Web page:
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ASR: ASP-based stream reasoning for semantic sensor data processing and activity recognition

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posted on 2023-01-18, 15:47 authored by Manh Thang Do
Submission note: A thesis submitted in total fulfilment of the requirements for the degree of Doctor of Philosophy to the School of Engineering and Mathematical Sciences, Faculty of Science, Technology and Engineering, La Trobe University, Bundoora.

This thesis proposes the ASR language (Answer set programming (ASP)-based Stream Reasoning language), as a dialect of the dlv language, for stream reasoning with abilities to deal with ambiguous situations and to integrate with Artificial Neural Network (ANN) from machine learning. The ASR language is a dialect of a well-developed logic-based reasoning engine. We equip ASR with stream reasoning functionalities such as handling data stream, performing reasoning continuously, and reasoning about ambiguous situations. With the focus on sensor applications and activity recognition, we chose the ASP technique with dlv language (a state-of-the art ASP solver) to be the foundation for developing ASR. We also utilized ANN, due to its versatility, as an external reasoning technique to be integrated into ASR systems to enhance their reasoning ability. To reason about ambiguous situations, especially in dealing with ambiguous sensor data, we propose a method which uses weak constraints of ASP in combination with the window slide technique and activity relationships. We develop the ASR framework to examine the feasibility, performance, accuracy and practicality of our approach. The ASR framework also allows ASR systems to integrate with ANN seamlessly. As a proof-of-concept, we implemented a case study (“AutoDiary”) which automatically detects a user’s daily activities, and then, provides statistical information about the users’ daily routine patterns and consequently gives alerts and recommendations to the user.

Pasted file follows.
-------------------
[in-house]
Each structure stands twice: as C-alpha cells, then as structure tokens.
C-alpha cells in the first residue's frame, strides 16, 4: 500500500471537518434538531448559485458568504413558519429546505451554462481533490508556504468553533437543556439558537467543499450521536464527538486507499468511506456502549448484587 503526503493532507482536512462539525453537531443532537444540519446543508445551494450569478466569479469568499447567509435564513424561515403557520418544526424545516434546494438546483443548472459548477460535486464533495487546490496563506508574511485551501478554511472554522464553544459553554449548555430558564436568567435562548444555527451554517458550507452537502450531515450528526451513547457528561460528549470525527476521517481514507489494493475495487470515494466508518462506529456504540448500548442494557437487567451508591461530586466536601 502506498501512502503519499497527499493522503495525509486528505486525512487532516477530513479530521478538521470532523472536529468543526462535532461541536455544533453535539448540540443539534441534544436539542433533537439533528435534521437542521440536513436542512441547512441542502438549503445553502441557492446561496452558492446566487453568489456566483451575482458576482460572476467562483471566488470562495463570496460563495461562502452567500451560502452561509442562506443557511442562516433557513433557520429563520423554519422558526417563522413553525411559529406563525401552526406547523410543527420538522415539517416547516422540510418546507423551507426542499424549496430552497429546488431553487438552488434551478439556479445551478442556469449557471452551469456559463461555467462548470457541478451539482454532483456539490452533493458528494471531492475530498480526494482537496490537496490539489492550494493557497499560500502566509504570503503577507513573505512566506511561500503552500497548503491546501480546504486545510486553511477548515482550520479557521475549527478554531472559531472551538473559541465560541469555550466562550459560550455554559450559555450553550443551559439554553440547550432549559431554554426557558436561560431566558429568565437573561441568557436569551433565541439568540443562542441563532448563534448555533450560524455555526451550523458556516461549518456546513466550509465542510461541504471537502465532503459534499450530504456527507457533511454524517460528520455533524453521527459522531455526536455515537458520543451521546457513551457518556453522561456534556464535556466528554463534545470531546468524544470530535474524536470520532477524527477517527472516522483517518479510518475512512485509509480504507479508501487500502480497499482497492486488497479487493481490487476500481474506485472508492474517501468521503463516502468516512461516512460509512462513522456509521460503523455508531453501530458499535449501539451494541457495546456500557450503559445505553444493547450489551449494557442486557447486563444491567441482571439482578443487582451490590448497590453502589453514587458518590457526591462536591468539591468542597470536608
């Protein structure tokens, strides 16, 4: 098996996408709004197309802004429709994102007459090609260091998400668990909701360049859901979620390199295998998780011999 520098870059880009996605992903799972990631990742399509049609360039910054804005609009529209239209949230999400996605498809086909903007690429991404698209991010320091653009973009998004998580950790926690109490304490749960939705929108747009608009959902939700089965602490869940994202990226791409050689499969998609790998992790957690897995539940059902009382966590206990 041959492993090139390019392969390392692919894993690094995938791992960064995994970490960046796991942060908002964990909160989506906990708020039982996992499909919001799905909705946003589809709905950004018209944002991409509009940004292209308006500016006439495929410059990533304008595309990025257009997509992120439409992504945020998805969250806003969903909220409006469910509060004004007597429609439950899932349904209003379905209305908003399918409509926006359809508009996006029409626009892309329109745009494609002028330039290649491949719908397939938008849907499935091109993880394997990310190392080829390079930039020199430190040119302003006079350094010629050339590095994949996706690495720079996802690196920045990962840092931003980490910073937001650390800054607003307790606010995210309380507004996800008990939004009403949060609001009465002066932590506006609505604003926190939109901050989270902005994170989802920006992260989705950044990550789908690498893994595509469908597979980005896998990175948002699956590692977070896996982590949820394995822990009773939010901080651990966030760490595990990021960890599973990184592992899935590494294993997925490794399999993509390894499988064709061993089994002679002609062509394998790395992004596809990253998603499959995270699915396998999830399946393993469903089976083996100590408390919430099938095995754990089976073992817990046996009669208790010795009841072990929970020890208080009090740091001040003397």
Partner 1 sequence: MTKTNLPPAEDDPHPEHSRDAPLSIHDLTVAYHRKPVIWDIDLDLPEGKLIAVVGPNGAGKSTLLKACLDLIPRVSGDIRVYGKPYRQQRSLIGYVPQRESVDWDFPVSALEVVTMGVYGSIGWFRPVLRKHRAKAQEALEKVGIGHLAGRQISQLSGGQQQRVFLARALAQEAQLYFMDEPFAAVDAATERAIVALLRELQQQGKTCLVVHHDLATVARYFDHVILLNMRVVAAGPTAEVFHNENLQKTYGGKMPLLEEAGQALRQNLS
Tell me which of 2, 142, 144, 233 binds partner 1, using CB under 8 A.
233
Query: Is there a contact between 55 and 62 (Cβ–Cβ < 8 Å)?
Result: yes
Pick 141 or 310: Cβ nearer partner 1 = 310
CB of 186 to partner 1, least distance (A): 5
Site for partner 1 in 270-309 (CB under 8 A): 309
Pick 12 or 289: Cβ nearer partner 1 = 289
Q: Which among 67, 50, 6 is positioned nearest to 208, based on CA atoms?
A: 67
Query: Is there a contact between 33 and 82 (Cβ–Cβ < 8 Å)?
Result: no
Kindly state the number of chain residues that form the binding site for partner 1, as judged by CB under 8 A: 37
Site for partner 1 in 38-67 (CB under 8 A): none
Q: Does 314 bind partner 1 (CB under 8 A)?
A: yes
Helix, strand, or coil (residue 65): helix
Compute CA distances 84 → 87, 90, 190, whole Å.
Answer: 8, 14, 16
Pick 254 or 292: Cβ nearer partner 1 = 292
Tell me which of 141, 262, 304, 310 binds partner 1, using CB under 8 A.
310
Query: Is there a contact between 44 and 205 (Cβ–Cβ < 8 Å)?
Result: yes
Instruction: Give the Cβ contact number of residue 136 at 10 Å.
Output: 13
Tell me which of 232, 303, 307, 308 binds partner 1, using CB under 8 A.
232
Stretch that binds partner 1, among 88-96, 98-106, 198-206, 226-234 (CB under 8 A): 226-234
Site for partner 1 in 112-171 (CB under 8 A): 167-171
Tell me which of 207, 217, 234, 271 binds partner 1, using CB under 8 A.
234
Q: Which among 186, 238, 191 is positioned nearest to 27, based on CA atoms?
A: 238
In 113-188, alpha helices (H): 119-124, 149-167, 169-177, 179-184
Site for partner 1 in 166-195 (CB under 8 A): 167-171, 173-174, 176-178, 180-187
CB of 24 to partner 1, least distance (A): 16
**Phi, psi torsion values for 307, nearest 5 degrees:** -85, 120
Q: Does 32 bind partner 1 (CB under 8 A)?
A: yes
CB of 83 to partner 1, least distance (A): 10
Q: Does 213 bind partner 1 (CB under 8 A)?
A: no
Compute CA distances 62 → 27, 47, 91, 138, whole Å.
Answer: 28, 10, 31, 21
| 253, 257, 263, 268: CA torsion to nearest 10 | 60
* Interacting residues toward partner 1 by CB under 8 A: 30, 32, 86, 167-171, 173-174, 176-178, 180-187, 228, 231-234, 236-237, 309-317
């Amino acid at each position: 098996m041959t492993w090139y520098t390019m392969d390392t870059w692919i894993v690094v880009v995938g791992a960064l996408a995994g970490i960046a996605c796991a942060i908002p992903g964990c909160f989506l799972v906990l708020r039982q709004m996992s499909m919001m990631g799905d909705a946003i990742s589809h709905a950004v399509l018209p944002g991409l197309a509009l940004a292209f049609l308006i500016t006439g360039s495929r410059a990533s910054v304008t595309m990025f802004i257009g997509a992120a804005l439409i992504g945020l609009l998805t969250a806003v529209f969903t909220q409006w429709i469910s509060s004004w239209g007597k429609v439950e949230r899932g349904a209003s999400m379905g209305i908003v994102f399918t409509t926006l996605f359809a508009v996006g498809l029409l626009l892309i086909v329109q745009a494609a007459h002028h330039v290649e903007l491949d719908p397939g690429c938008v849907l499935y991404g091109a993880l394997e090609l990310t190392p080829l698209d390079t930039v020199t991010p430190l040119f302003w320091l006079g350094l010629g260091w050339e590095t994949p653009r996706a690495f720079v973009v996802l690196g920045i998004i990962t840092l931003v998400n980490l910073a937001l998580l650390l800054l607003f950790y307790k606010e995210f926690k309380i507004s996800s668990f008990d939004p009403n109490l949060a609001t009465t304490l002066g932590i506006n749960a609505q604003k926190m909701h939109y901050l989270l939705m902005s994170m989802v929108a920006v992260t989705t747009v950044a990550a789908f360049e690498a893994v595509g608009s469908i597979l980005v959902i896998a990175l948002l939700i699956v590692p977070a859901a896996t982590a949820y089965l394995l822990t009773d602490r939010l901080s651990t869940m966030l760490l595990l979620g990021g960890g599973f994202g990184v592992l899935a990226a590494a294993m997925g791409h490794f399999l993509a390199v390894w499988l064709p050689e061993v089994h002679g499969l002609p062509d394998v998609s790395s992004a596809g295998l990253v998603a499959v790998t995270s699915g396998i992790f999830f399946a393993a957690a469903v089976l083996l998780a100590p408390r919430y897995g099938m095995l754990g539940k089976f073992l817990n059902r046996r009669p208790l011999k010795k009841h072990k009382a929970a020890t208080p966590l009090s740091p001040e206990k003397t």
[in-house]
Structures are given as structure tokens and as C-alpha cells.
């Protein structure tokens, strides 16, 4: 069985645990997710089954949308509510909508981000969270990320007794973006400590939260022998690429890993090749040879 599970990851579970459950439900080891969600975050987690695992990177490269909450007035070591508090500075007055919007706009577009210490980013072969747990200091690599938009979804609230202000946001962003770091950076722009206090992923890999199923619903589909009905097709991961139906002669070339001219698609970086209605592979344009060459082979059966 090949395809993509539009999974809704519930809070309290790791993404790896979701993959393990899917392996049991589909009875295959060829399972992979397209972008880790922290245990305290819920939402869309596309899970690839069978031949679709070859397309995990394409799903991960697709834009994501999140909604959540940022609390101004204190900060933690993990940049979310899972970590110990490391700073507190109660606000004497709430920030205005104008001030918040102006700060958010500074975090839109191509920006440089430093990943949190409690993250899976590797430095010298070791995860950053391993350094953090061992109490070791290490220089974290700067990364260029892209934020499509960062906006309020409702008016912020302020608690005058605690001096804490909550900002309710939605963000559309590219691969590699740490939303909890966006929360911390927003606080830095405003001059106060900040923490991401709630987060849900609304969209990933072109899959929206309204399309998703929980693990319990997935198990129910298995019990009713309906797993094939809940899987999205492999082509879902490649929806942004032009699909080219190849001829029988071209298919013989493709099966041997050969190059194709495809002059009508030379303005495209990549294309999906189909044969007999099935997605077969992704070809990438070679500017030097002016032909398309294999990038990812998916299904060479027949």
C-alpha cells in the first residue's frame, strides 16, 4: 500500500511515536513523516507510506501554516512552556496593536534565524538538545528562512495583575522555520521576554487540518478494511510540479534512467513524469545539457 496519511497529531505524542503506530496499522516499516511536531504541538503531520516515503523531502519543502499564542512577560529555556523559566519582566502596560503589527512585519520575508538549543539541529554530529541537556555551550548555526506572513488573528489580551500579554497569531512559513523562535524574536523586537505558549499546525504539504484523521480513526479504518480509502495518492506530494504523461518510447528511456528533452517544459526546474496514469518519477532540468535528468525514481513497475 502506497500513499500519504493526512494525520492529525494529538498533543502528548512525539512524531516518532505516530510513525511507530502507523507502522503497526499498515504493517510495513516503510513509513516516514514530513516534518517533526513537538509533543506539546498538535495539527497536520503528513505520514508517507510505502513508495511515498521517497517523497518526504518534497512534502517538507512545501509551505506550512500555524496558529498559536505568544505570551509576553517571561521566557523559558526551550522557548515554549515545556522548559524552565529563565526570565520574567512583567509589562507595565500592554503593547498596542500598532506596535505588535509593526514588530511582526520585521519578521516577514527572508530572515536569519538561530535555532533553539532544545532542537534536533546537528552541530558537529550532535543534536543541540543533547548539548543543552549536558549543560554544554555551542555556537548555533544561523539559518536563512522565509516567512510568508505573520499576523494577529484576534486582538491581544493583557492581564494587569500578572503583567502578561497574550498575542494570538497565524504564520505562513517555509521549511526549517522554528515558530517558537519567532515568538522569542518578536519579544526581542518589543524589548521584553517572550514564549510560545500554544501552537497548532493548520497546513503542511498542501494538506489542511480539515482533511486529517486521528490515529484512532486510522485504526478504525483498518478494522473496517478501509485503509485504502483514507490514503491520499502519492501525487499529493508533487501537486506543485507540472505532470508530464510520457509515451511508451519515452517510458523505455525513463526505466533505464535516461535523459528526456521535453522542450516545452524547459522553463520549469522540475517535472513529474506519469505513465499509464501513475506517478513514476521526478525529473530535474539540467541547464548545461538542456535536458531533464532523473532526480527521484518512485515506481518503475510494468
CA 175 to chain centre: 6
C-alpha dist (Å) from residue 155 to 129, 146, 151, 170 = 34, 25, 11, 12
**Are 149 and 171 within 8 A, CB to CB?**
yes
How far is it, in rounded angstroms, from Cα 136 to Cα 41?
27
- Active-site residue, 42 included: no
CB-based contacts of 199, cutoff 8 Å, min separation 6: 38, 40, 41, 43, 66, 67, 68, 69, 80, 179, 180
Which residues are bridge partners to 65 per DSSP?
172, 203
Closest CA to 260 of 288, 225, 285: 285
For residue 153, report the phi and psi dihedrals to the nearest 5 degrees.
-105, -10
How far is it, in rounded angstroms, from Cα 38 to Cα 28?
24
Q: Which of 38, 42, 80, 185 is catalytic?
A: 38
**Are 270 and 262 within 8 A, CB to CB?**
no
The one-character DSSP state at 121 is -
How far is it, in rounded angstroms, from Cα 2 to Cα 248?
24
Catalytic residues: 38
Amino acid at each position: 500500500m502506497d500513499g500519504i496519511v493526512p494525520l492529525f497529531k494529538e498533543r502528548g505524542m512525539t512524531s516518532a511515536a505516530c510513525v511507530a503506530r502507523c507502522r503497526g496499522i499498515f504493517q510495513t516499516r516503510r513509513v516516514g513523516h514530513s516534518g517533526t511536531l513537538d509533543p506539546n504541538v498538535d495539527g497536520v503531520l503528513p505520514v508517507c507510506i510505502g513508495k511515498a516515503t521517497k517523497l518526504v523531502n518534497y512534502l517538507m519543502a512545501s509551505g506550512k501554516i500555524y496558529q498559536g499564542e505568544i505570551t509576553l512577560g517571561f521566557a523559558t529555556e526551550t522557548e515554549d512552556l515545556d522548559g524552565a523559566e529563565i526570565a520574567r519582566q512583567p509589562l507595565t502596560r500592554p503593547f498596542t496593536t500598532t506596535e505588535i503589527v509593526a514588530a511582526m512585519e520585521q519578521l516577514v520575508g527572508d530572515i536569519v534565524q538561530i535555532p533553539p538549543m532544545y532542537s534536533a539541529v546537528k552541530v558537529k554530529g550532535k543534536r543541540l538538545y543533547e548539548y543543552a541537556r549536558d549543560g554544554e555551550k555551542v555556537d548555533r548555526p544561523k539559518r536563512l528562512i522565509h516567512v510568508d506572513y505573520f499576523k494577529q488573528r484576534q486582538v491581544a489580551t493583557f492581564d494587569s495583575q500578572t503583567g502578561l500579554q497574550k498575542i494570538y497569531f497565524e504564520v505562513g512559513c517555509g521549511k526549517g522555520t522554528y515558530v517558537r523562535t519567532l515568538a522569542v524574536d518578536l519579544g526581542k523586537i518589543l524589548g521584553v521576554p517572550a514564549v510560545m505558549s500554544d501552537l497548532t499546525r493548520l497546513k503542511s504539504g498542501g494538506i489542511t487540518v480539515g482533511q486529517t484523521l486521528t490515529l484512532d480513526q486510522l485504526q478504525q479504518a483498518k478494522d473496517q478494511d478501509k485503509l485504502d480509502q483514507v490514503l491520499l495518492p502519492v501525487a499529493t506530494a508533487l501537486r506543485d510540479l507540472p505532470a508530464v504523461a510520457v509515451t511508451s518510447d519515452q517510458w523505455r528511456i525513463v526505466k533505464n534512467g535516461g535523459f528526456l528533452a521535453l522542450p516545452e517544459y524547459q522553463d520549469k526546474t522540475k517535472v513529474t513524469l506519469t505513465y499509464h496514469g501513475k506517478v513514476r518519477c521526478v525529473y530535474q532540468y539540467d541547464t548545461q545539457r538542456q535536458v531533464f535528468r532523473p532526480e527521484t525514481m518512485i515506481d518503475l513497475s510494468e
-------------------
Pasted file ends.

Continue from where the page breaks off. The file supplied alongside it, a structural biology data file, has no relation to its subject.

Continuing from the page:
History

Center or Department

Faculty of Science, Technology and Engineering. School of Engineering and Mathematical Sciences.

Thesis type

  • Ph. D.

Awarding institution

La Trobe University

Year Awarded

2013

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The thesis author retains all proprietary rights (such as copyright and patent rights) over the content of this thesis, and has granted La Trobe University permission to reproduce and communicate this version of the thesis. The author has declared that any third party copyright material contained within the thesis made available here is reproduced and communicated with permission. If you believe that any material has been made available without permission of the copyright owner please contact us with the details.

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